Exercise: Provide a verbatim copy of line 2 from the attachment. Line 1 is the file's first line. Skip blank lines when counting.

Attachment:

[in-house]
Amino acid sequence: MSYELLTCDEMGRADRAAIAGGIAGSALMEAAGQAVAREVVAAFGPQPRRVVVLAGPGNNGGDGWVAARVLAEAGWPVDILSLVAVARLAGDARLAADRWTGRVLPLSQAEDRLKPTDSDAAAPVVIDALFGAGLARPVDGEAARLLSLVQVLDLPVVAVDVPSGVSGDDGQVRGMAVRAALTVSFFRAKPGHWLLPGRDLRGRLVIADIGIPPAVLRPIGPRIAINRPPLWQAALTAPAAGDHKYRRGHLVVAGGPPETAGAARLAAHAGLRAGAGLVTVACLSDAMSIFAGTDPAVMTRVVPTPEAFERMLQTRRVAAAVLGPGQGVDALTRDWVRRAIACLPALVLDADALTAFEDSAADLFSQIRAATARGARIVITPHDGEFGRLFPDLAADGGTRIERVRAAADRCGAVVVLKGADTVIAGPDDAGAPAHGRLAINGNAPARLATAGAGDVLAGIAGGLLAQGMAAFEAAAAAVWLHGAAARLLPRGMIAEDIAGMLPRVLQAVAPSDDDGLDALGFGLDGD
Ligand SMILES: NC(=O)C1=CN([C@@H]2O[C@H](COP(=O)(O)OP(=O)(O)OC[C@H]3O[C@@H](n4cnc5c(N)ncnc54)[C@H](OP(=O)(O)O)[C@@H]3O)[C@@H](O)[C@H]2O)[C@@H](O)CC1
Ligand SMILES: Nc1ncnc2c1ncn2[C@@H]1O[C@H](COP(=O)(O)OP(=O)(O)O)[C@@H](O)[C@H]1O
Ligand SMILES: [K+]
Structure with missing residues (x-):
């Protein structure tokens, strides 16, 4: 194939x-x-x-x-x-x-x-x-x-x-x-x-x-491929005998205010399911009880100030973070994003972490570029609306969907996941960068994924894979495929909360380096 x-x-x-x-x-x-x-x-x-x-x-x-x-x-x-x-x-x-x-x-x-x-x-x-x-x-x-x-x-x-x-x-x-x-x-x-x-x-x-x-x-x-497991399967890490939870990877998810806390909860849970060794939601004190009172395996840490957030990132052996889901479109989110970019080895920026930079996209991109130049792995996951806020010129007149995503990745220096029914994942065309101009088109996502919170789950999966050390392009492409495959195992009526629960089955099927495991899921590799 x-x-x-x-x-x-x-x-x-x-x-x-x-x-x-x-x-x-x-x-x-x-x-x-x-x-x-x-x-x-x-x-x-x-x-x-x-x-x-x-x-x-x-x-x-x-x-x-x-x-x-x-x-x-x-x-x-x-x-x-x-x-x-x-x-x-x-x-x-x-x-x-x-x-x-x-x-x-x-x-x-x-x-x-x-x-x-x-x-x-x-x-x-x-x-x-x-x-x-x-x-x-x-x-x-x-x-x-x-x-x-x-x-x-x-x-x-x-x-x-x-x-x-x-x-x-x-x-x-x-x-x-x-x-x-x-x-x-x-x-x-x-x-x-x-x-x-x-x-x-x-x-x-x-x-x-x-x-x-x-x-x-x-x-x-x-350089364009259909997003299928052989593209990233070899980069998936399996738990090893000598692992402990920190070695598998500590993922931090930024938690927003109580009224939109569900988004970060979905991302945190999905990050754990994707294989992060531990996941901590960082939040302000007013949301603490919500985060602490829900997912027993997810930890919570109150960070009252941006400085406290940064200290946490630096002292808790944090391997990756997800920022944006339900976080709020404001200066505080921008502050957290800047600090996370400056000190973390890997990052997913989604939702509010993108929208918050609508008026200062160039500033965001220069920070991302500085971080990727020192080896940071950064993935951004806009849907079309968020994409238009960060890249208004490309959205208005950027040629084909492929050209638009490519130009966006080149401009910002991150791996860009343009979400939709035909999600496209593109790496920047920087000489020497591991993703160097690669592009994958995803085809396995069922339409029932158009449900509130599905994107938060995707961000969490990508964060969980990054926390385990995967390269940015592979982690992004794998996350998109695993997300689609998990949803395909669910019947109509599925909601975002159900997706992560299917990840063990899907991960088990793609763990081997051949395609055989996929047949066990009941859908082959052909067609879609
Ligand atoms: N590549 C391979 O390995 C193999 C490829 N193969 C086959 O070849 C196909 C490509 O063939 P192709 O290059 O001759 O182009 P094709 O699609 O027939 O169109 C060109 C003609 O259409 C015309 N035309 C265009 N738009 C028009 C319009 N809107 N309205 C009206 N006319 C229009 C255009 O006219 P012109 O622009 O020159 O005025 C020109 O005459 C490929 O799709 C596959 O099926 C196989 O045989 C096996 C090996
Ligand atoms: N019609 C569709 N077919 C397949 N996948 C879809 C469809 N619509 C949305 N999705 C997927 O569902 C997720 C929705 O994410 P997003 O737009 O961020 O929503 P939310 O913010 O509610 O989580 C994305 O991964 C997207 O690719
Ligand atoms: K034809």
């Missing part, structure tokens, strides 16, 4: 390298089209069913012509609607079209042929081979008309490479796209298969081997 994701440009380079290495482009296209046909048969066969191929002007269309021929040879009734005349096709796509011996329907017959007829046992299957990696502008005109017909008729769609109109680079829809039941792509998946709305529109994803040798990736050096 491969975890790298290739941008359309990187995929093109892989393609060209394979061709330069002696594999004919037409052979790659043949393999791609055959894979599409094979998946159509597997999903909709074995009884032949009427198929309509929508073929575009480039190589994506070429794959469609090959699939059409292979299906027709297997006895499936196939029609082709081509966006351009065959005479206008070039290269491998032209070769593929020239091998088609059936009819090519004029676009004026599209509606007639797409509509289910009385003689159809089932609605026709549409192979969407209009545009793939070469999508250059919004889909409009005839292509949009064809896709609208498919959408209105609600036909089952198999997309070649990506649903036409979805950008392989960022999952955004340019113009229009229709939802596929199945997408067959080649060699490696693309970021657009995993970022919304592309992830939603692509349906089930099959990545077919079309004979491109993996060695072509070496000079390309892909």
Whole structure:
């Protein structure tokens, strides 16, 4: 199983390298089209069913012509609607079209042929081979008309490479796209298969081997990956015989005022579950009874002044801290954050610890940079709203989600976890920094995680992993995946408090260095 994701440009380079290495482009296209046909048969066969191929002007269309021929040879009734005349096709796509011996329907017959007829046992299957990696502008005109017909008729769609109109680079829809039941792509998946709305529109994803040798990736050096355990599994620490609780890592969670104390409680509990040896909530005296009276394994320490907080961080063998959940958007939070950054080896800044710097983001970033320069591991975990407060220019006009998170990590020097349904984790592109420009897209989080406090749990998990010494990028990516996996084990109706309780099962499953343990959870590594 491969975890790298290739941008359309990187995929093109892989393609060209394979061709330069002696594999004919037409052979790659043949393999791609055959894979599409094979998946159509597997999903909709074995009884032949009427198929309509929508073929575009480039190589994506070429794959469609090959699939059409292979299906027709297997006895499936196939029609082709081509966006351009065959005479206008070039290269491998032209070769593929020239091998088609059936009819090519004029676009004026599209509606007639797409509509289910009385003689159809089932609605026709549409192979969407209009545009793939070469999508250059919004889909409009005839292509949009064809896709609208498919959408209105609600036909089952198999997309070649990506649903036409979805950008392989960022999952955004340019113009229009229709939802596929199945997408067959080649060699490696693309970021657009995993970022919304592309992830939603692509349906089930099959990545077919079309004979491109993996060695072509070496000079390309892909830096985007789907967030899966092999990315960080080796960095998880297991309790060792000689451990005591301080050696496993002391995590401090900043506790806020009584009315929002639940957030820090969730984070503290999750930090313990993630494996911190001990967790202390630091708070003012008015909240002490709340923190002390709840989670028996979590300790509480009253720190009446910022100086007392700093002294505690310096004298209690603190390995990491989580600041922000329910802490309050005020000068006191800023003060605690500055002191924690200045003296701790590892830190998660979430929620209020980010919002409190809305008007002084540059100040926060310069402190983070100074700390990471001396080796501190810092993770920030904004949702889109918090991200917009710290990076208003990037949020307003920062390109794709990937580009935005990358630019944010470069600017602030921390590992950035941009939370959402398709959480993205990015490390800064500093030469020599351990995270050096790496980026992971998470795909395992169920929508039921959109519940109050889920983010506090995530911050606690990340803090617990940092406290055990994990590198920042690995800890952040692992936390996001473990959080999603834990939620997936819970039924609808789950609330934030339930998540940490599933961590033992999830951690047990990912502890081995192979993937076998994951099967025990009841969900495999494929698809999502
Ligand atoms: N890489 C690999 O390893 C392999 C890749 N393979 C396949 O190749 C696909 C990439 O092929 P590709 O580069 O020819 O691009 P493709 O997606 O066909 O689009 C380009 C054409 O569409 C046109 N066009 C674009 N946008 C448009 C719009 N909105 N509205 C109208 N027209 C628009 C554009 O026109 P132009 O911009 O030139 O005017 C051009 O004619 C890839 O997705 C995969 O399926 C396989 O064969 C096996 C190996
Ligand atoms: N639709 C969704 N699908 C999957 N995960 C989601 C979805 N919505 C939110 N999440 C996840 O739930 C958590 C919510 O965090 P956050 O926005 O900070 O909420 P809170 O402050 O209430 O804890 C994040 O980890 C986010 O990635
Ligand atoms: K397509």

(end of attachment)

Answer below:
Amino acid sequence: MSYELLTCDEMGRADRAAIAGGIAGSALMEAAGQAVAREVVAAFGPQPRRVVVLAGPGNNGGDGWVAARVLAEAGWPVDILSLVAVARLAGDARLAADRWTGRVLPLSQAEDRLKPTDSDAAAPVVIDALFGAGLARPVDGEAARLLSLVQVLDLPVVAVDVPSGVSGDDGQVRGMAVRAALTVSFFRAKPGHWLLPGRDLRGRLVIADIGIPPAVLRPIGPRIAINRPPLWQAALTAPAAGDHKYRRGHLVVAGGPPETAGAARLAAHAGLRAGAGLVTVACLSDAMSIFAGTDPAVMTRVVPTPEAFERMLQTRRVAAAVLGPGQGVDALTRDWVRRAIACLPALVLDADALTAFEDSAADLFSQIRAATARGARIVITPHDGEFGRLFPDLAADGGTRIERVRAAADRCGAVVVLKGADTVIAGPDDAGAPAHGRLAINGNAPARLATAGAGDVLAGIAGGLLAQGMAAFEAAAAAVWLHGAAARLLPRGMIAEDIAGMLPRVLQAVAPSDDDGLDALGFGLDGD